The following are several characteristics of the projects that were adopted in fiscal 2018. First, the percentage of Southeast Asian countries increased, while China, Hong Kong and South Korea dropped from the target countries and regions. Second, there were three projects in which Japan did not engage at all, and there was an increase in exchanges between countries and regions other than Japan. Third, by gender, the 11 representatives were made up of 6 men and 5 women, being almost equal to each other. The second and third characteristics suggest that the scope of the projects expanded.
Prior to the selection, as usual, the Foundation’s program officers energetically picked out the application projects, conducted advance consultations with the application candidates, gathered additional materials about the candidate projects and conducted an opinion survey. These activities were of great help in ensuring that the selection was conducted smoothly. We consider that they worked very hard to organize more than 240 application documents. We would like to express our deepest gratitude to them for their hard work.
Examples of Selected Project
As follows, we will choose one project from each of the thematic target areas of the 11 projects adopted this year and will provide a brief introduction of its features and the significance of the grant.
1. Thematic Area A: Multigenerational and Multicultural Inclusion in Communities
|Jun Sasaki, CEO/Chairman, Yushoukai Medical Corporation|
|Redefining "community symbiotic society" focusing on dementia|
|Target Countries and Regions: Japan, Taiwan, Singapore|
|Grant Period: two years|
|Grant Amounts: 7.3 million yen|
Of the Asian countries and regions in which people are growing increasingly older, Japan, Taiwan and Singapore have in common that the percentage of elderly people is high and a nursing care system has been introduced. This project started from the recognition of the current situation in which Japanese measures for elderly people are mainly targeted at medical service and nursing care and are passive about services beyond these frameworks. Behind this are prejudices of and indifference to people suffering from dementia. Based on this recognition, the project is intended to pick out progressive cases of measures for dementia in the three regions, to construct a model for encouraging people suffering from dementia to participate in societies, setting these as best practices, and to facilitate mutual exchanges of experience and knowledge.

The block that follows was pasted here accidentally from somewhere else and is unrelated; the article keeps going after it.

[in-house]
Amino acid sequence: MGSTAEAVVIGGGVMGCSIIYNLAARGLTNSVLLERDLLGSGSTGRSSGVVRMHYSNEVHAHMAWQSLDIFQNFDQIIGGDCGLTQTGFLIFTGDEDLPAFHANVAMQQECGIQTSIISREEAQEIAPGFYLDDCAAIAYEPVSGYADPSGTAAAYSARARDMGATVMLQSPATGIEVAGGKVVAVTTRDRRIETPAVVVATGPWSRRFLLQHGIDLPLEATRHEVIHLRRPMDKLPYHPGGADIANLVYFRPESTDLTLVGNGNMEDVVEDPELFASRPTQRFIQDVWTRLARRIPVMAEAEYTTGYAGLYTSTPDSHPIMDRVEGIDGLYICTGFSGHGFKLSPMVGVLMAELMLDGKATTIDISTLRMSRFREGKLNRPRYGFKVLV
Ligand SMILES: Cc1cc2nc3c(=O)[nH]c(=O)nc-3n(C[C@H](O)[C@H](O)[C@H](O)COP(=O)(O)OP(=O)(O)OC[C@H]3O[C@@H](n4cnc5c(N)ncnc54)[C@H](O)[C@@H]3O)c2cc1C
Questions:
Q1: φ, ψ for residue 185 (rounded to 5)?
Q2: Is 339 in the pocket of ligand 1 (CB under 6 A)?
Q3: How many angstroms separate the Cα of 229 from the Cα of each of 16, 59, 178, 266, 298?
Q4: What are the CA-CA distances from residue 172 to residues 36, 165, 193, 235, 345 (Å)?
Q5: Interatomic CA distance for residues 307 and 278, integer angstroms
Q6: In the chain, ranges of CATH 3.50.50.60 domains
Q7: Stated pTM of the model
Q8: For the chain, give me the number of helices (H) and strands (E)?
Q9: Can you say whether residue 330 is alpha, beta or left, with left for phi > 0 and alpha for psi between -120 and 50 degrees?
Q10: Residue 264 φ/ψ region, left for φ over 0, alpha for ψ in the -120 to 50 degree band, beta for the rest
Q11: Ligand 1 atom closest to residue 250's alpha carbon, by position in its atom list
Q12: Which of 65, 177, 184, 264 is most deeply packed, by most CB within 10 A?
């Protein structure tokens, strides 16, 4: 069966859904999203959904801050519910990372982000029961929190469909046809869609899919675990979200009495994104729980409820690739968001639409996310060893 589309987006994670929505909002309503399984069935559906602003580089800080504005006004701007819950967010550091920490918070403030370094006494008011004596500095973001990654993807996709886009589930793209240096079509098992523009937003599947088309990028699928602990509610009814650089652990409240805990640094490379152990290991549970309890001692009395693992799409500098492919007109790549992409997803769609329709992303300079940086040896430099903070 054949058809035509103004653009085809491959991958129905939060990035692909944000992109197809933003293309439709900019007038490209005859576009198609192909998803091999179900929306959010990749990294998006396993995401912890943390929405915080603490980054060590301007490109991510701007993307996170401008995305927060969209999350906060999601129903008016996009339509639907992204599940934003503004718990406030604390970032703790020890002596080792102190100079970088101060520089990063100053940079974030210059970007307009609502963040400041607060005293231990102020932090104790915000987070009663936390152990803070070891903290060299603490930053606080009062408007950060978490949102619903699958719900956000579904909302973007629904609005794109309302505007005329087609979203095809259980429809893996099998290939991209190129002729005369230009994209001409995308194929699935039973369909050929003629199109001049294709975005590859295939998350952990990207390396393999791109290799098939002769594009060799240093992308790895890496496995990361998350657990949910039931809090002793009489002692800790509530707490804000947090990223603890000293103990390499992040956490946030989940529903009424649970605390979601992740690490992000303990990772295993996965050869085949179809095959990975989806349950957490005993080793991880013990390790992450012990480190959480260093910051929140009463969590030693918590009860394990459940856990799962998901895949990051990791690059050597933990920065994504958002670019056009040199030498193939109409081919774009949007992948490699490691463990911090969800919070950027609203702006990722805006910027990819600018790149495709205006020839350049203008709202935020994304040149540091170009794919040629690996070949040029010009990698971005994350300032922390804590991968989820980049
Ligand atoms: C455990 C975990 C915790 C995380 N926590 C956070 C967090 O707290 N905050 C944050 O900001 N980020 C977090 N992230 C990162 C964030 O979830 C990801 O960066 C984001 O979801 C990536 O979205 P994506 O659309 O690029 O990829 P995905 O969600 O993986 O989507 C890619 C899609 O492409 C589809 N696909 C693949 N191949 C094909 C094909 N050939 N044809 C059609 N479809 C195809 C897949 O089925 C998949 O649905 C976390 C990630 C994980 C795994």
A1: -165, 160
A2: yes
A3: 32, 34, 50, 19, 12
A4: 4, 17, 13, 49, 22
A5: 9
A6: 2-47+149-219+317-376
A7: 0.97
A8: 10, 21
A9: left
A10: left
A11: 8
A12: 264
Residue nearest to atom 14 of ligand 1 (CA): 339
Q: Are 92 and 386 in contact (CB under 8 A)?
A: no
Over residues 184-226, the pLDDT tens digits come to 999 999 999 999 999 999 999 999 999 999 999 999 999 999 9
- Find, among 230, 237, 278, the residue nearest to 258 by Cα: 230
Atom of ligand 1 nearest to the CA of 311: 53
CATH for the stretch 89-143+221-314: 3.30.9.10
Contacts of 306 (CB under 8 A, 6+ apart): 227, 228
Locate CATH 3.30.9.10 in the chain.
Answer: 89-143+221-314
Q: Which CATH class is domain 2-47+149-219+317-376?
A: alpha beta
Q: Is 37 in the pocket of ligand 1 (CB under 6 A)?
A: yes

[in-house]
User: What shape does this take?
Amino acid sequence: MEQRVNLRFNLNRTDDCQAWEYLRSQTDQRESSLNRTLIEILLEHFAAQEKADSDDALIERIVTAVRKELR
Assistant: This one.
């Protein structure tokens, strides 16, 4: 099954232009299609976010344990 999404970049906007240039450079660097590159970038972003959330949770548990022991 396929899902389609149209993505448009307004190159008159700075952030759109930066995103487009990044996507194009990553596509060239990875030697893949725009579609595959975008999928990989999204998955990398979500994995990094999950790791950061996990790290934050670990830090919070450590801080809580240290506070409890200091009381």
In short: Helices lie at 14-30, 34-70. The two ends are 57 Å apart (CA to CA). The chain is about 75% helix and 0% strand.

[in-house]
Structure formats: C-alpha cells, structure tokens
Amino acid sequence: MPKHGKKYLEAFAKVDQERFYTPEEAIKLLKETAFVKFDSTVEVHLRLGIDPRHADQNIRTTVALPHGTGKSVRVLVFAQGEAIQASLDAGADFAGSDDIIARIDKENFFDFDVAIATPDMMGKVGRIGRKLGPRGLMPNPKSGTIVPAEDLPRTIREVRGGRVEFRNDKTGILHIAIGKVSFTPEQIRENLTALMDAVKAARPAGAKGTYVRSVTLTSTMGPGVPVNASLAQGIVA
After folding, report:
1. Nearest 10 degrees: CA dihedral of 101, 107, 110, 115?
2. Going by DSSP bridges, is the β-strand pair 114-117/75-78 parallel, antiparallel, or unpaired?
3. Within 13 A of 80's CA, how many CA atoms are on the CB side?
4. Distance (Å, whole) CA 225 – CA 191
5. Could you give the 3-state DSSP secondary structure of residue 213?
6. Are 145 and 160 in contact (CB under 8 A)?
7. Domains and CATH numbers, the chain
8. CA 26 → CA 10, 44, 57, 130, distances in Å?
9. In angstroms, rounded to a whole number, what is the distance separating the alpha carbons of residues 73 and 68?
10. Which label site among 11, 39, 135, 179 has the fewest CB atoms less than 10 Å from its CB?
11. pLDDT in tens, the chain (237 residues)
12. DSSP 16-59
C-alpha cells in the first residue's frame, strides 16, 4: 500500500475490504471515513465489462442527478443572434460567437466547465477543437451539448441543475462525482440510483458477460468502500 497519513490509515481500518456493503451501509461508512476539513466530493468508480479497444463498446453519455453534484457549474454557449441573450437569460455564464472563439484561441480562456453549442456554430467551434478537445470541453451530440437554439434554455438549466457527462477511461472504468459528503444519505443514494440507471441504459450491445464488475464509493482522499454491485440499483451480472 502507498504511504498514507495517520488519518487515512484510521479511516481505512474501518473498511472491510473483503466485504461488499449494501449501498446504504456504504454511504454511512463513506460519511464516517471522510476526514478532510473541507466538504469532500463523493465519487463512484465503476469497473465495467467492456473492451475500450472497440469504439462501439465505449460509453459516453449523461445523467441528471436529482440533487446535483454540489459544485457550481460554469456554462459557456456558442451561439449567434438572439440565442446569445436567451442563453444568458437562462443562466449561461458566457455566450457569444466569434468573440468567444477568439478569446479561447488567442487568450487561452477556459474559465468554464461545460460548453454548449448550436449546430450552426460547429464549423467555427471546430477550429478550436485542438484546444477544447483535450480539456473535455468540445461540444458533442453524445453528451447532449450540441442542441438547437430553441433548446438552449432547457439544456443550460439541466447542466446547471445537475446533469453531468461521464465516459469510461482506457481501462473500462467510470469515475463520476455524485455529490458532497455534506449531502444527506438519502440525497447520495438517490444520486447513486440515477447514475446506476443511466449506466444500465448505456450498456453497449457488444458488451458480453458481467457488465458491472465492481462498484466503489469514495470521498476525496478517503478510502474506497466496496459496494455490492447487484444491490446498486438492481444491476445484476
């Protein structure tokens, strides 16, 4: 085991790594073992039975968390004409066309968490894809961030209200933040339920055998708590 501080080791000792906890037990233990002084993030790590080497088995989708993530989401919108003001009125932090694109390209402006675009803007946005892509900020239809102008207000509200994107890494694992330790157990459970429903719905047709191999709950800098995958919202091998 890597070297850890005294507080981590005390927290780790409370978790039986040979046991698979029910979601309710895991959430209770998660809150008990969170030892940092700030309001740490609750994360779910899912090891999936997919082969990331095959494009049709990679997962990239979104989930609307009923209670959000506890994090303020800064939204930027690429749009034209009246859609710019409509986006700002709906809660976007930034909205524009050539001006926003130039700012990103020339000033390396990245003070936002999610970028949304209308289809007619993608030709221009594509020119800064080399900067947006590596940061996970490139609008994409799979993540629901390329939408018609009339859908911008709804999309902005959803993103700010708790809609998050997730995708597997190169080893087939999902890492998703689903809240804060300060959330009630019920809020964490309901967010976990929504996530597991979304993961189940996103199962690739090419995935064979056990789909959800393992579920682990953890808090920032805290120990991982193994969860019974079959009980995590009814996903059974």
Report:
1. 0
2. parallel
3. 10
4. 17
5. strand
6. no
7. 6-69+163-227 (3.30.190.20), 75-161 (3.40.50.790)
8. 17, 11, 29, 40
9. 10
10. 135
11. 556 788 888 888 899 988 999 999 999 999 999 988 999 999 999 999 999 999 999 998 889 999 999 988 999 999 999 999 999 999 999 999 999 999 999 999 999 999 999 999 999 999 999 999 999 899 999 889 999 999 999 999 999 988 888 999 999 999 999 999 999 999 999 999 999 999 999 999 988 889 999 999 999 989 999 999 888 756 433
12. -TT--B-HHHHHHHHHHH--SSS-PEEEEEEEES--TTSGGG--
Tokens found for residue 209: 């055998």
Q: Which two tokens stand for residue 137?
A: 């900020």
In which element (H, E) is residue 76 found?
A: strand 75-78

This project is very clear in terms of critical thinking and setting issues. Participating members consist of medical groups, people related to hospitals and researchers. The important aspect of the project is the points it seeks to learn from the Taiwanese and Singaporean experiences as well as the Japanese ones. Because the issues are imminent ones, it is also conceivable that they will encourage media people, officials of the central government, including the Ministry of Health, Labour and Welfare, and officials of local governments as well as the abovementioned three actors to participate and cooperate in the project.
2. Thematic Area B: Creating New Culture
|Eric Jose Olmedo Panal, Principal Research Fellow Institute of Ethnic Studies (KITA), Universiti Kebangsaan Malaysia|
|The "Ulam School": A Food Education Transborders' Network to Foster Solidarity and Edible Flora Preservation for Sustainable and Healthy Lifestyle Among Neighboring Countries|
|Target Countries and Regions: Malaysia, Vietnam, Cambodia, Japan|
|Grant Period: two years|
|Grant Amounts: 7.2 million yen|
The word Ulam means “edible greens” in the Malay language and is a side dish combining native vegetables and wildflowers from farming areas. Malaysian traditional knowledge and wisdom about health are used for Ulam. But with urbanization progressing, the sharing of such knowledge and wisdom is becoming less frequent. In response to this situation, this project is intended to compare local residents’ knowledge and wisdom about healthy foods between Malaysia, Vietnam and Cambodia and to pass on the knowhow that should be handed down from generation to generation.